Race, economics, and gentrification were common themes in the five-hour program. Local historians underscored the history of racially restrictive covenants that determined where and in what conditions the District’s African Americans could live. Bloomingdale played an important part in the 1948 Supreme Court decision, Shelley v. Kraemer, which ruled racially restrictive covenants unenforceable. One of the cases folded into Shelley v. Kraemer originated in Bloomingdale: Hurd v. Hodge. The historians described increased racial tensions that accompanied white flight and disinvestment. Cerutti described how one entrance to the former McMillan Park was closed and paved over as African Americans began moving closer to the site. Others noted that decades of neighborhood flooding occurred before District officials were pushed to action by new residents with new money and political clout. The end result was the massive First Street Tunnel project, designed to mitigate flooding and relieve the District’s aging stormwater and sewerage infrastructure.

Panelists and participants spoke about the changes sweeping through Bloomingdale over the past decade. Though most agreed that improved aesthetics and attention by District officials were good benefits for all, speculative builders, rising rents and property taxes, and an aging population were contributing to rapid changes in Bloomingdale’s demographics. Some of the changes were attributed to gentrification, others to organic neighborhood succession forces. One audience member was concerned that some of the newcomers weren’t there to support existing institutions; instead, he said that they were there to erode them. He also observed that as the number of liquor stores decreased in recent years, they were replaced by drinking establishments with new issues: intoxicated patrons and parking pressures. These are common complaints heard in gentrifying neighborhoods around the world. The forum found consensus in panelists’ statements that the project’s goal was to develop a stronger sense of community and firmer sense of place to help in managing the neighborhood’s changes.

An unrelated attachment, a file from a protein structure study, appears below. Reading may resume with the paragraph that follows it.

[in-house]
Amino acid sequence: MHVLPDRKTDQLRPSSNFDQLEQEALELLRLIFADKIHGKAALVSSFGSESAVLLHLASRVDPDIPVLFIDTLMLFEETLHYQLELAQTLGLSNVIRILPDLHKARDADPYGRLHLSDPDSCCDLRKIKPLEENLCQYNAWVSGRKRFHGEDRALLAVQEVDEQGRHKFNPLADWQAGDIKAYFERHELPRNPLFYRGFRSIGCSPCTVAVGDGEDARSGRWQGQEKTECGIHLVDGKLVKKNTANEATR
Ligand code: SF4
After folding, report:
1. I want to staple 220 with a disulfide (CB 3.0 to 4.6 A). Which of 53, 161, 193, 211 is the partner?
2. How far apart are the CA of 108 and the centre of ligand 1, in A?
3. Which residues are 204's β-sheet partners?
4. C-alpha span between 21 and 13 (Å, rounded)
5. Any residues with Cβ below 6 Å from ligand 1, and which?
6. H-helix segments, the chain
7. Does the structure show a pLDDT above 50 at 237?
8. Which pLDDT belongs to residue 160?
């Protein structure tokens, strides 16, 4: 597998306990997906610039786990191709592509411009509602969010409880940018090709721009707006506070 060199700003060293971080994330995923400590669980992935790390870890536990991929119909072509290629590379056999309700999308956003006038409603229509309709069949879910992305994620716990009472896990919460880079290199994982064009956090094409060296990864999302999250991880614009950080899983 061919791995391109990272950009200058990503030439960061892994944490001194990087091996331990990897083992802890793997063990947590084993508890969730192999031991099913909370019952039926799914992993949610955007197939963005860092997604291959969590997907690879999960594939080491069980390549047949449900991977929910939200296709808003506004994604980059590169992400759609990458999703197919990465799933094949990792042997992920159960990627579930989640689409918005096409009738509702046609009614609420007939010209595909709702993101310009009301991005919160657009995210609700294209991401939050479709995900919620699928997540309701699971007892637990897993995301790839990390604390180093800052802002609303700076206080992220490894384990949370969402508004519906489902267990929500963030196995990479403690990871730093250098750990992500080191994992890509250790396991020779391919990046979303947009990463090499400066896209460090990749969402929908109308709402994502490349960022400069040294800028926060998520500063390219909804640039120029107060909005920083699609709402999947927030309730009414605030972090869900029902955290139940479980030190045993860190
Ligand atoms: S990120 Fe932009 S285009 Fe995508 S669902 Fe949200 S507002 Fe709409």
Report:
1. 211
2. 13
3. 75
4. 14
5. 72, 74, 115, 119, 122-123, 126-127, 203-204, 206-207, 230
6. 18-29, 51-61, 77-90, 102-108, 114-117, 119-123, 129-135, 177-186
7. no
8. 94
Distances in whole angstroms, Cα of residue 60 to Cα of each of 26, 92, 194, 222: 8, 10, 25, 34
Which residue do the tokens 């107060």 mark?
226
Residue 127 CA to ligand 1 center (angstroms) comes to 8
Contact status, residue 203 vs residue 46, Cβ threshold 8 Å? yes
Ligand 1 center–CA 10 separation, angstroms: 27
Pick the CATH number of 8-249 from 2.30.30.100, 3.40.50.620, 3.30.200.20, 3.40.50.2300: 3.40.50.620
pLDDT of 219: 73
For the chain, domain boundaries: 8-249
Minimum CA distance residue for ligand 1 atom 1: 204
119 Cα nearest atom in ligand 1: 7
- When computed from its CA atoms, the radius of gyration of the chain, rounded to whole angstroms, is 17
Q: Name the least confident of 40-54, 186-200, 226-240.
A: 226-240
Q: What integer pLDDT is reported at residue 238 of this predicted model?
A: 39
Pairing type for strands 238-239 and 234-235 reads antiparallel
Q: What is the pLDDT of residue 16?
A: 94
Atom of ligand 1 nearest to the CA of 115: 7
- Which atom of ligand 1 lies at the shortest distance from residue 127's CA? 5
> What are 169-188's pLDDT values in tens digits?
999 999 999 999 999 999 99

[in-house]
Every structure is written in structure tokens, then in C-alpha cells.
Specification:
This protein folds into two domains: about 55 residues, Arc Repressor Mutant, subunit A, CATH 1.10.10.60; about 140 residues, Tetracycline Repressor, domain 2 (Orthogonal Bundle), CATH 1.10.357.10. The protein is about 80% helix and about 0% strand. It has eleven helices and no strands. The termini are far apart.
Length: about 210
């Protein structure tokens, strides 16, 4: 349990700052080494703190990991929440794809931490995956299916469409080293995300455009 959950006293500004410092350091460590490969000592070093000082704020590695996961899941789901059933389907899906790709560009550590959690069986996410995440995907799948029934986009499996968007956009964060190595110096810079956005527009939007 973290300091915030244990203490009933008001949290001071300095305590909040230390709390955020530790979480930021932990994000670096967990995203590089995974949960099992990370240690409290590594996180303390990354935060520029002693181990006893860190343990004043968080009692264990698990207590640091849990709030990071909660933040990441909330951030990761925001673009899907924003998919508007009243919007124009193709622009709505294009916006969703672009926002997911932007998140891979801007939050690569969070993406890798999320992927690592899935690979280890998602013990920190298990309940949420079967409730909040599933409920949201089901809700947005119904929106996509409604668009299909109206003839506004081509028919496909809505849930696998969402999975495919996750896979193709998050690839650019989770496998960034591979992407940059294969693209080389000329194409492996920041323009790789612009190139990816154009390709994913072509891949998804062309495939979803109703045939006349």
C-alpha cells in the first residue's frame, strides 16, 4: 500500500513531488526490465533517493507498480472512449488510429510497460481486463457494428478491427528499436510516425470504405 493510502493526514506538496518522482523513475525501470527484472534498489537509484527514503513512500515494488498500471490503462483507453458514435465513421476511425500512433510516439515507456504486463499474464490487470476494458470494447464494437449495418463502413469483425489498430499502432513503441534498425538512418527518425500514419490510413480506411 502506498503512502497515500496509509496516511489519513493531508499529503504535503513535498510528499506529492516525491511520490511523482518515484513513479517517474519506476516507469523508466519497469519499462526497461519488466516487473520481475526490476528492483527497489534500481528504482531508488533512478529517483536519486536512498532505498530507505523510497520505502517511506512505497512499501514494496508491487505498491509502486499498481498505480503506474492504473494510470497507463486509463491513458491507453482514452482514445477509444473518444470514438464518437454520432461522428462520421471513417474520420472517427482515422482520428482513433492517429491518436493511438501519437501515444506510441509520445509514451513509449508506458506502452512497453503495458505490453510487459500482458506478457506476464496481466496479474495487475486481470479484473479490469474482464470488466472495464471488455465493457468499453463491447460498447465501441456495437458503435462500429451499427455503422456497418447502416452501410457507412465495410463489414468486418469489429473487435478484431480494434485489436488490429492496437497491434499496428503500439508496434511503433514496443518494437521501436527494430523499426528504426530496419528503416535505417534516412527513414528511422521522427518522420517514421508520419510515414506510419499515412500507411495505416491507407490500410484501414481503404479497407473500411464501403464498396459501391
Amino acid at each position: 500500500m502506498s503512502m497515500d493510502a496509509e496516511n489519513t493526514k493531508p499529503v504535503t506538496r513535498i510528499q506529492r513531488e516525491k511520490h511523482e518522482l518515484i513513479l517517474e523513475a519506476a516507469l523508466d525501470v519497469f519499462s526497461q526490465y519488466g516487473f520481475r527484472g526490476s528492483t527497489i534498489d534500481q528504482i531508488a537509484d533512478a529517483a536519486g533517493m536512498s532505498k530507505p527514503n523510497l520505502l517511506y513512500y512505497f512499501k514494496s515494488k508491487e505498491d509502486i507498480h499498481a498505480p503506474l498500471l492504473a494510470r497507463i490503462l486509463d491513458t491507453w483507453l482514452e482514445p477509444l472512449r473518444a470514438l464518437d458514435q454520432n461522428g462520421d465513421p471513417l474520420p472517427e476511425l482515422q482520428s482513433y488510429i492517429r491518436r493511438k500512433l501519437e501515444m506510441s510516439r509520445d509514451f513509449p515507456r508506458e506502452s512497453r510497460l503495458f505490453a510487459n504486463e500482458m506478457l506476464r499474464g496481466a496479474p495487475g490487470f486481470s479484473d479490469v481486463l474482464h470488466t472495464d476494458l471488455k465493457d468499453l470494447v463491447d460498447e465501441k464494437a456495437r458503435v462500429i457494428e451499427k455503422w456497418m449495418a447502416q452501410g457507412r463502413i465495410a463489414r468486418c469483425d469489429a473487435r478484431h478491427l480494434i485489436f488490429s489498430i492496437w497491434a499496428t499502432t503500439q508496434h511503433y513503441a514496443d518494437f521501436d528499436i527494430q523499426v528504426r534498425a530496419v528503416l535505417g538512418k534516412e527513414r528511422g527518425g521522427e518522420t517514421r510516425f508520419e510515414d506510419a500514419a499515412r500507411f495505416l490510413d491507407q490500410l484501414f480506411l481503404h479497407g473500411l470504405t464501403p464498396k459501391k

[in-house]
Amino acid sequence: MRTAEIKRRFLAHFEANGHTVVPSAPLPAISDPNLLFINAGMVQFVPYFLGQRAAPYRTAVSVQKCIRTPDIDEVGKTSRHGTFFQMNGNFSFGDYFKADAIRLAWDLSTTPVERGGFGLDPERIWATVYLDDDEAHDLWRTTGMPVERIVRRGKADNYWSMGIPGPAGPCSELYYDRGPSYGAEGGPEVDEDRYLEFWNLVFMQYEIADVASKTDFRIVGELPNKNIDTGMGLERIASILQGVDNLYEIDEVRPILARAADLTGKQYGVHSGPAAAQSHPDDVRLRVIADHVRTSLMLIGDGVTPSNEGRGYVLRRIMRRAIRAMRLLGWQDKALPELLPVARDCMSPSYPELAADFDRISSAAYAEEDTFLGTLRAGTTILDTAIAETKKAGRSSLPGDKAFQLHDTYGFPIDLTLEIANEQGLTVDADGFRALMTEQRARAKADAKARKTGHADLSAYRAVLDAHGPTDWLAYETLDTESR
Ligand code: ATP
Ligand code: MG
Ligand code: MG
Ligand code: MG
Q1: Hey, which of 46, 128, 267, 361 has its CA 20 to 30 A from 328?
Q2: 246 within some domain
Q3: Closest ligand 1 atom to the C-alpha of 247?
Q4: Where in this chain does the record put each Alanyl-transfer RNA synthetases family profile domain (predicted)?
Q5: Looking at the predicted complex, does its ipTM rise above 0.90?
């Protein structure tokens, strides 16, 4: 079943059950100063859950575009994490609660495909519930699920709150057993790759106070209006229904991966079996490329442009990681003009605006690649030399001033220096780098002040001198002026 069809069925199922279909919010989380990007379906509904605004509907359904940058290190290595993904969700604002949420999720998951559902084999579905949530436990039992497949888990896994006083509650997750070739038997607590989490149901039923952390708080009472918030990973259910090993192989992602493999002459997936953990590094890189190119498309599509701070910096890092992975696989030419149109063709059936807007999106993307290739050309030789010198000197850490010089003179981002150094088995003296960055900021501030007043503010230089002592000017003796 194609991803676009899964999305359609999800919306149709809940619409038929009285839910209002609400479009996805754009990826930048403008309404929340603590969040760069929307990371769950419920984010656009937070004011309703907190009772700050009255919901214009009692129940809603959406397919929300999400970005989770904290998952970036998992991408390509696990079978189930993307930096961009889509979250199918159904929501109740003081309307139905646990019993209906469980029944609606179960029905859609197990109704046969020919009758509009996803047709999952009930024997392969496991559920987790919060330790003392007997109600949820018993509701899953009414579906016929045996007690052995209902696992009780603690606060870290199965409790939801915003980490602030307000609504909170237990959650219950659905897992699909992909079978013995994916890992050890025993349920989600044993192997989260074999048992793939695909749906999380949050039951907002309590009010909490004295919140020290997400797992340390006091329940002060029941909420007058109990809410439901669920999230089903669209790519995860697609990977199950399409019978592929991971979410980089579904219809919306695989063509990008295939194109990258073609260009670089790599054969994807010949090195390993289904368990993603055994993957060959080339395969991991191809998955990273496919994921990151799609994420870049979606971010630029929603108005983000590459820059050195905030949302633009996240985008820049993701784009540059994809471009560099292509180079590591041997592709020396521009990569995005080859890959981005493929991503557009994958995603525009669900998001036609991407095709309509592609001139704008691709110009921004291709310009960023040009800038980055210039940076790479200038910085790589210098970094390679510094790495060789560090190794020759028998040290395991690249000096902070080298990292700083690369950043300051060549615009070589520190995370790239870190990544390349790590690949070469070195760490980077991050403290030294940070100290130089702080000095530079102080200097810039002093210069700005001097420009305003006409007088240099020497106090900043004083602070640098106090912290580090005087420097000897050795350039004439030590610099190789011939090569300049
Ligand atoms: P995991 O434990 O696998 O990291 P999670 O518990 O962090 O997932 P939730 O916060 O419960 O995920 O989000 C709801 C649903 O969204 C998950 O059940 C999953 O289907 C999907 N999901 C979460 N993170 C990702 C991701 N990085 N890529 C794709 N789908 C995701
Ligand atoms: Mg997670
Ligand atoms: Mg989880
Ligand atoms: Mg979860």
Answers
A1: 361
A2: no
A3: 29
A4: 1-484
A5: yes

Bicycle art installation, Rhode Island Avenue NW. The landmark “Bloomingdale” liquor store sign is visible in the background. Photo credit: David Rotenstein.

Bicycle art installation, Rhode Island Avenue NW. The landmark “Bloomingdale” liquor store sign is visible in the background. Photo credit: David Rotenstein.

Rebranding Bloomingdale’s commercial core, the intersection of Rhode Island Avenue and First Street NW, as the “Bloomingdale Village Square” was the first step. Visions for the neighborhood’s future include building on existing amenities including parks and art installations. Other ideas featured in the forum included a community-wide mural project, artistic crosswalk treatments, bike rack installations, more environmentally-friendly tree boxes, a community bulletin board, and an ambitious proposal to create parklands in the decks over North Capitol Street. Holliday said that the first two goals were to complete sidewalk improvements (replacing crumbling concrete with brick) and replacing cobra-style streetlights with ones that create a more historic feel. She believes that small achievements will translate into more community buy-in and greater leverage with District government agencies.

Bloomingdale Urban Design: Street Lights rendering. Image credit: Bloomingdale Civic Association.

Bloomingdale Urban Design: Street Lights rendering. Image credit: Bloomingdale Civic Association.

HumanitiesDC executive director Joy Ford Austin, one of the May forum’s panelists, described the Bloomingdale effort as a model for other District neighborhoods interested in “preserving place and preserving people.” Next steps for Bloomingdale include working with the District’s Office of Planning to incorporate the study’s results into the new cultural plan and to raise more funds for additional interviews, research, and products, like the video and brochures, that will help visitors and newcomers learn about Bloomingdale.

~ David Rotenstein is a consulting historian based in Silver Spring, Maryland. He researches and writes on historic preservation, industrial history, and gentrification.

Leave a Reply

Your email address will not be published. Required fields are marked *

This site is protected by reCAPTCHA and the Google Privacy Policy and Terms of Service apply.